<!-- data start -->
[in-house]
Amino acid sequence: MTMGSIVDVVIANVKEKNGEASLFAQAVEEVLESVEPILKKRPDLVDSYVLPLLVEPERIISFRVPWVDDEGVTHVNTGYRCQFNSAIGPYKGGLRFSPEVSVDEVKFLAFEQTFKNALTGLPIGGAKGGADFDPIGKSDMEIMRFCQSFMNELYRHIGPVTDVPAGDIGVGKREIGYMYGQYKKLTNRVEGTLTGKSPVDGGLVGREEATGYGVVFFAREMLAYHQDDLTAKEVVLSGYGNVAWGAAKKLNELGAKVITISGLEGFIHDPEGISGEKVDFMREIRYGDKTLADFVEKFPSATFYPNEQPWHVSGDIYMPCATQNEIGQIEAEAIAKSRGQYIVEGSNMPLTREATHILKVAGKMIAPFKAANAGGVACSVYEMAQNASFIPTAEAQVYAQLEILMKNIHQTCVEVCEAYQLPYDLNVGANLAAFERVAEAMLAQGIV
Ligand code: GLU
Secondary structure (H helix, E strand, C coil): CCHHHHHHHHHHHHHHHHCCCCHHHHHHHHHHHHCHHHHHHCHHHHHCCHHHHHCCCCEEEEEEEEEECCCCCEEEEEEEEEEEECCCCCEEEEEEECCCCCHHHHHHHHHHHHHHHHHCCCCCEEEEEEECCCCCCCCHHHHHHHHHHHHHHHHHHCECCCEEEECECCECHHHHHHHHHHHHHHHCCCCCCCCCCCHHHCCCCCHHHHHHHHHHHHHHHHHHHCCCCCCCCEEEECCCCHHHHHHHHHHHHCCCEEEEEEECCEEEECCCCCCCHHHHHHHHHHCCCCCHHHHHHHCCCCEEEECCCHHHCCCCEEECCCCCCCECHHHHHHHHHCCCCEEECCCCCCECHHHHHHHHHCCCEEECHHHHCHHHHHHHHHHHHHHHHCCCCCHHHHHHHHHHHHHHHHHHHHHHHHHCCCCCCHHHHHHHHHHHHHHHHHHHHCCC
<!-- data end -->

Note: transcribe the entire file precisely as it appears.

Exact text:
[in-house]
Amino acid sequence: MTMGSIVDVVIANVKEKNGEASLFAQAVEEVLESVEPILKKRPDLVDSYVLPLLVEPERIISFRVPWVDDEGVTHVNTGYRCQFNSAIGPYKGGLRFSPEVSVDEVKFLAFEQTFKNALTGLPIGGAKGGADFDPIGKSDMEIMRFCQSFMNELYRHIGPVTDVPAGDIGVGKREIGYMYGQYKKLTNRVEGTLTGKSPVDGGLVGREEATGYGVVFFAREMLAYHQDDLTAKEVVLSGYGNVAWGAAKKLNELGAKVITISGLEGFIHDPEGISGEKVDFMREIRYGDKTLADFVEKFPSATFYPNEQPWHVSGDIYMPCATQNEIGQIEAEAIAKSRGQYIVEGSNMPLTREATHILKVAGKMIAPFKAANAGGVACSVYEMAQNASFIPTAEAQVYAQLEILMKNIHQTCVEVCEAYQLPYDLNVGANLAAFERVAEAMLAQGIV
Ligand code: GLU
Secondary structure (H helix, E strand, C coil): CCHHHHHHHHHHHHHHHHCCCCHHHHHHHHHHHHCHHHHHHCHHHHHCCHHHHHCCCCEEEEEEEEEECCCCCEEEEEEEEEEEECCCCCEEEEEEECCCCCHHHHHHHHHHHHHHHHHCCCCCEEEEEEECCCCCCCCHHHHHHHHHHHHHHHHHHCECCCEEEECECCECHHHHHHHHHHHHHHHCCCCCCCCCCCHHHCCCCCHHHHHHHHHHHHHHHHHHHCCCCCCCCEEEECCCCHHHHHHHHHHHHCCCEEEEEEECCEEEECCCCCCCHHHHHHHHHHCCCCCHHHHHHHCCCCEEEECCCHHHCCCCEEECCCCCCCECHHHHHHHHHCCCCEEECCCCCCECHHHHHHHHHCCCEEECHHHHCHHHHHHHHHHHHHHHHCCCCCHHHHHHHHHHHHHHHHHHHHHHHHHCCCCCCHHHHHHHHHHHHHHHHHHHHCCC